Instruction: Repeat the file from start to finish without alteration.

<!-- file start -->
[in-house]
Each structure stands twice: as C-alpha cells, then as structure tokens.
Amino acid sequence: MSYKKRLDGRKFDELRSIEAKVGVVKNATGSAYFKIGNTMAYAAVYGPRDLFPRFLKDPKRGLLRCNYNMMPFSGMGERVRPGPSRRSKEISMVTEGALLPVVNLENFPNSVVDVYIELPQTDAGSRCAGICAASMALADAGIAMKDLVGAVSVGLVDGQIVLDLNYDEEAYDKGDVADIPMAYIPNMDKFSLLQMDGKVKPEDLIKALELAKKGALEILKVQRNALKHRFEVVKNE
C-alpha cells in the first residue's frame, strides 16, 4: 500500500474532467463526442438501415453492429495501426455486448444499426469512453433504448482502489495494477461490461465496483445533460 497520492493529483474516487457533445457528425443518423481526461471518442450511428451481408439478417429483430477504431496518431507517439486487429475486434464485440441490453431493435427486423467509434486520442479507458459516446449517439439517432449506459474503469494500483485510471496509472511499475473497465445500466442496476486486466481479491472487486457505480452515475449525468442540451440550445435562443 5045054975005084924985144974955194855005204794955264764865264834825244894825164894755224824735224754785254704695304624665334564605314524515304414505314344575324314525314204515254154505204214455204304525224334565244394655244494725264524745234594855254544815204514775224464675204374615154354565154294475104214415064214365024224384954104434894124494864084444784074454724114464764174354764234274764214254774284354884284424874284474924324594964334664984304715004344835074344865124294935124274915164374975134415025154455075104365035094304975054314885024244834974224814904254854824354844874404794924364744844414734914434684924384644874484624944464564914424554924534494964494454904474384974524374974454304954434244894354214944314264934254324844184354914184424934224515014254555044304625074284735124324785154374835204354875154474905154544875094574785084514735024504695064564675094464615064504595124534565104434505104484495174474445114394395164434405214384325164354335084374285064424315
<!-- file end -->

[in-house]
Each structure stands twice: as C-alpha cells, then as structure tokens.
Amino acid sequence: MSYKKRLDGRKFDELRSIEAKVGVVKNATGSAYFKIGNTMAYAAVYGPRDLFPRFLKDPKRGLLRCNYNMMPFSGMGERVRPGPSRRSKEISMVTEGALLPVVNLENFPNSVVDVYIELPQTDAGSRCAGICAASMALADAGIAMKDLVGAVSVGLVDGQIVLDLNYDEEAYDKGDVADIPMAYIPNMDKFSLLQMDGKVKPEDLIKALELAKKGALEILKVQRNALKHRFEVVKNE
C-alpha cells in the first residue's frame, strides 16, 4: 500500500474532467463526442438501415453492429495501426455486448444499426469512453433504448482502489495494477461490461465496483445533460 497520492493529483474516487457533445457528425443518423481526461471518442450511428451481408439478417429483430477504431496518431507517439486487429475486434464485440441490453431493435427486423467509434486520442479507458459516446449517439439517432449506459474503469494500483485510471496509472511499475473497465445500466442496476486486466481479491472487486457505480452515475449525468442540451440550445435562443 5045054975005084924985144974955194855005204794955264764865264834825244894825164894755224824735224754785254704695304624665334564605314524515304414505314344575324314525314204515254154505204214455204304525224334565244394655244494725264524745234594855254544815204514775224464675204374615154354565154294475104214415064214365024224384954104434894124494864084444784074454724114464764174354764234274764214254774284354884284424874284474924324594964334664984304715004344835074344865124294935124274915164374975134415025154455075104365035094304975054314885024244834974224814904254854824354844874404794924364744844414734914434684924384644874484624944464564914424554924534494964494454904474384974524374974454304954434244894354214944314264934254324844184354914184424934224515014254555044304625074284735124324785154374835204354875154474905154544875094574785084514735024504695064564675094464615064504595124534565104434505104484495174474445114394395164434405214384325164354335084374285064424315